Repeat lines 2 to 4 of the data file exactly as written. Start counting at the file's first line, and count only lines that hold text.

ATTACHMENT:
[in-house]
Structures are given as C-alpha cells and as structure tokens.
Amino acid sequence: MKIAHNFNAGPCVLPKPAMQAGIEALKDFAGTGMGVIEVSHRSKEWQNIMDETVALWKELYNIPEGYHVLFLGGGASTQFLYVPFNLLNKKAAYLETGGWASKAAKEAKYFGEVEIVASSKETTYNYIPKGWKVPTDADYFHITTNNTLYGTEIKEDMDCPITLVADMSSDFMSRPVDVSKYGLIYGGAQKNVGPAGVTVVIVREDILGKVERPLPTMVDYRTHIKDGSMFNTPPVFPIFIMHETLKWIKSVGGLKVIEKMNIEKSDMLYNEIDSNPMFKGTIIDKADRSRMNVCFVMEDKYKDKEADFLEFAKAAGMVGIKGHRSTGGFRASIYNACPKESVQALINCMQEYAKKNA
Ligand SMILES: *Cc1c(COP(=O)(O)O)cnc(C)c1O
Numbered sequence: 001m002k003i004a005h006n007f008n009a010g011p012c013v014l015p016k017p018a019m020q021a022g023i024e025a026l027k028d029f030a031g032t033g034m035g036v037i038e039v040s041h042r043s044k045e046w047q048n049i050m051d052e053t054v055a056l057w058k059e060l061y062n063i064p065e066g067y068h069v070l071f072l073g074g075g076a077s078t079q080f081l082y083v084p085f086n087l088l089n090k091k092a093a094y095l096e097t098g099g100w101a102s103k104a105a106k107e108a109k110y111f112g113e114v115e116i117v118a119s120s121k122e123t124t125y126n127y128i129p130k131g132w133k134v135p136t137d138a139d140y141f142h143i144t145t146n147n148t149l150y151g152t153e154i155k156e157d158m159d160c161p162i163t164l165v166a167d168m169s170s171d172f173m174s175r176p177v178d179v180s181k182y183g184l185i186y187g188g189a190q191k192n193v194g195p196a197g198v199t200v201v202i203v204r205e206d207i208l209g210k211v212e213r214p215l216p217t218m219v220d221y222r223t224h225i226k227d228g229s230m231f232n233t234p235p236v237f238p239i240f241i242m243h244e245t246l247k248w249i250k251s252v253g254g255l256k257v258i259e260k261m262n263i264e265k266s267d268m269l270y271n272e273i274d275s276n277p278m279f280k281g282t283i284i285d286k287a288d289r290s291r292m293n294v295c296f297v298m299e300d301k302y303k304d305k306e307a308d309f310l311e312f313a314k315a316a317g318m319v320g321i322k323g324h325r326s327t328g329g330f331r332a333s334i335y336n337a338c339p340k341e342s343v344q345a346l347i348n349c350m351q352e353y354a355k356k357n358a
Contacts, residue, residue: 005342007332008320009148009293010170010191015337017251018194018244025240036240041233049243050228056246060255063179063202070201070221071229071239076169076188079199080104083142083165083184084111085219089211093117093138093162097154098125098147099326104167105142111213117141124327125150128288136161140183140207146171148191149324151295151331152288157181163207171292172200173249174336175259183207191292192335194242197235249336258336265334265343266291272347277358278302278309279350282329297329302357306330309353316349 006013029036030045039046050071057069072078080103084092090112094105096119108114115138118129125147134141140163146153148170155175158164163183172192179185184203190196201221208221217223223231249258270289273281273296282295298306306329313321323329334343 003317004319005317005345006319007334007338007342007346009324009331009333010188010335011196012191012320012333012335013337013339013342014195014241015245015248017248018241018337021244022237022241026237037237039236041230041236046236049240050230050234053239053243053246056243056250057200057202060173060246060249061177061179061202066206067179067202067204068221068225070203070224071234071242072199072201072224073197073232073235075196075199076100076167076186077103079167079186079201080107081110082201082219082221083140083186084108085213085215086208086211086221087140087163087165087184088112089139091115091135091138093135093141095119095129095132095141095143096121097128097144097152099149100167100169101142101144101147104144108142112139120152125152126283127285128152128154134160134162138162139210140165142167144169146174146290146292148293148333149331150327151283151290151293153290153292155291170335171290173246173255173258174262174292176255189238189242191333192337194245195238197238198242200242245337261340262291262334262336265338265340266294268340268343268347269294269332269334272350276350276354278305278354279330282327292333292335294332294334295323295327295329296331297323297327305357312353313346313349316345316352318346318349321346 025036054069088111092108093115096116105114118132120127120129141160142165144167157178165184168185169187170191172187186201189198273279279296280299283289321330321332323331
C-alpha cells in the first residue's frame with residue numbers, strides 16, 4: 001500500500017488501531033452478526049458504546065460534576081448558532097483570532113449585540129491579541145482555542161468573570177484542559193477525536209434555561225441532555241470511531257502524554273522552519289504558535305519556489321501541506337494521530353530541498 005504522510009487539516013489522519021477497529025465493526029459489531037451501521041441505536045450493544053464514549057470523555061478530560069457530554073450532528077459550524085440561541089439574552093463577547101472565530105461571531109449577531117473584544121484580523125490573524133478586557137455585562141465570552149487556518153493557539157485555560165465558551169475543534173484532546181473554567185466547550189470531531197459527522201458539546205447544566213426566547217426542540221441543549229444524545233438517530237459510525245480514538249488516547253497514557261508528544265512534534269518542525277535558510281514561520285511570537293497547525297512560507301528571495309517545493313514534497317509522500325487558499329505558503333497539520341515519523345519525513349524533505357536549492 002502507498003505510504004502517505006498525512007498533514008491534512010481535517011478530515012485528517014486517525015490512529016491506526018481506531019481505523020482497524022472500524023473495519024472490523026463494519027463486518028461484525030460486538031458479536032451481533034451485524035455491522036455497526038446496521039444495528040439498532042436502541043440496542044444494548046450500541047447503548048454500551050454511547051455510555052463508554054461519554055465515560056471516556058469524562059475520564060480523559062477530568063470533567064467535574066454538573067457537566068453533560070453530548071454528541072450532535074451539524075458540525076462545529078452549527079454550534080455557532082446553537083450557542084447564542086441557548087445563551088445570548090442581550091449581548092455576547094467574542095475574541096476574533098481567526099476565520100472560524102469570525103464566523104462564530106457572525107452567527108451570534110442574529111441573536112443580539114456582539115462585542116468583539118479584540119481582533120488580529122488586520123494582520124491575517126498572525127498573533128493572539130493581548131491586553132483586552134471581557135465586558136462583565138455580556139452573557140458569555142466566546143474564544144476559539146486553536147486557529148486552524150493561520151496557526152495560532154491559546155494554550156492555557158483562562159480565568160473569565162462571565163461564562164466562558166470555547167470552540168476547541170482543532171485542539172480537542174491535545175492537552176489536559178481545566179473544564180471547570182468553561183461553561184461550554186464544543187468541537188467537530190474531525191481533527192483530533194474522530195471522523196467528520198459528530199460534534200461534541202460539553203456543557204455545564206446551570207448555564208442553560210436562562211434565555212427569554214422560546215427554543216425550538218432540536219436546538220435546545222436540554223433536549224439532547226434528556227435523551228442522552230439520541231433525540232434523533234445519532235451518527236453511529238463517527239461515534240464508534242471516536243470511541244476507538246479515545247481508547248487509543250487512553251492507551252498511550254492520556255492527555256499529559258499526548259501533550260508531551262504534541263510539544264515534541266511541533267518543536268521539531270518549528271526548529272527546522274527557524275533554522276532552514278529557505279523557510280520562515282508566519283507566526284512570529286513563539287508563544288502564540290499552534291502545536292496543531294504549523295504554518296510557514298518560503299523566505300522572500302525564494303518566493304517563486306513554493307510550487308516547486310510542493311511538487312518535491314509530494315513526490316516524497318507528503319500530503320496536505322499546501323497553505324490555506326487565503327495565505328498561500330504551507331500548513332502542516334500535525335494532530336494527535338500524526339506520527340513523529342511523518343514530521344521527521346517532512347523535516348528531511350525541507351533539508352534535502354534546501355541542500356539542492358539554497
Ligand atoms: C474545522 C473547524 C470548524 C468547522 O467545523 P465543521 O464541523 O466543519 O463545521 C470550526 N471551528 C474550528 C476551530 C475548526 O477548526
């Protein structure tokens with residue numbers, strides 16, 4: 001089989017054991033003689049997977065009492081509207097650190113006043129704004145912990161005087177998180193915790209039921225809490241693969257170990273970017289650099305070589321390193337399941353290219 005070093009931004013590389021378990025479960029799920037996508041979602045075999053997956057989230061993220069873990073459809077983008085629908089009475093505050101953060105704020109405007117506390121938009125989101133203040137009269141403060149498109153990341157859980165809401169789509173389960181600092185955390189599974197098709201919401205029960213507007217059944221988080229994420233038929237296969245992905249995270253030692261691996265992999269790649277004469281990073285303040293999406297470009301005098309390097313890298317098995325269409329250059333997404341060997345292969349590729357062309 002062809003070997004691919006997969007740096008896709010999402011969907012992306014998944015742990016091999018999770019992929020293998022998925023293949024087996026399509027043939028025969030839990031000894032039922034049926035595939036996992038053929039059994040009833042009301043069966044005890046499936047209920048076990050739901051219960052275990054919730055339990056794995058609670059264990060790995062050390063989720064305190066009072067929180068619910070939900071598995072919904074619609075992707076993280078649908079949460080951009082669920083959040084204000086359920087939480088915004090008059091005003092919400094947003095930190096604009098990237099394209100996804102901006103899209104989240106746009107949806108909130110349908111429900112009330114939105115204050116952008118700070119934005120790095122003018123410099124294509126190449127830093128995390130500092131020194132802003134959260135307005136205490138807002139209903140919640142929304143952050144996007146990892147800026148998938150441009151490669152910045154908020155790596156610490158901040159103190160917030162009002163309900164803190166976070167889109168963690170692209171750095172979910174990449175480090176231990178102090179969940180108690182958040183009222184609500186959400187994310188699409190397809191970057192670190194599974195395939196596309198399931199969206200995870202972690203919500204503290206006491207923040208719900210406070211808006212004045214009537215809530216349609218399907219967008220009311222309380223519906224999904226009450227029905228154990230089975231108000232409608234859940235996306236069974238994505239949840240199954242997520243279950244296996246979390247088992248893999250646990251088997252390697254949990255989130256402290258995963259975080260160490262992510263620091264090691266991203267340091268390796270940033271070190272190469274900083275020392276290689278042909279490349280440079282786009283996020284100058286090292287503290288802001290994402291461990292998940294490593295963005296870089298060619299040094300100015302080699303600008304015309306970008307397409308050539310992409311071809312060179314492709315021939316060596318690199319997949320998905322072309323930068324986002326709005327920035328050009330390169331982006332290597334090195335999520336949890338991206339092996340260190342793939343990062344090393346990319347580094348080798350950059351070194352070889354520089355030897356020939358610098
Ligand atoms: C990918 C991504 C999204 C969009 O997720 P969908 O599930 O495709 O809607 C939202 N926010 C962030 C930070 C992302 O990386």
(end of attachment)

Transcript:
Structures are given as C-alpha cells and as structure tokens.
Amino acid sequence: MKIAHNFNAGPCVLPKPAMQAGIEALKDFAGTGMGVIEVSHRSKEWQNIMDETVALWKELYNIPEGYHVLFLGGGASTQFLYVPFNLLNKKAAYLETGGWASKAAKEAKYFGEVEIVASSKETTYNYIPKGWKVPTDADYFHITTNNTLYGTEIKEDMDCPITLVADMSSDFMSRPVDVSKYGLIYGGAQKNVGPAGVTVVIVREDILGKVERPLPTMVDYRTHIKDGSMFNTPPVFPIFIMHETLKWIKSVGGLKVIEKMNIEKSDMLYNEIDSNPMFKGTIIDKADRSRMNVCFVMEDKYKDKEADFLEFAKAAGMVGIKGHRSTGGFRASIYNACPKESVQALINCMQEYAKKNA
Ligand SMILES: *Cc1c(COP(=O)(O)O)cnc(C)c1O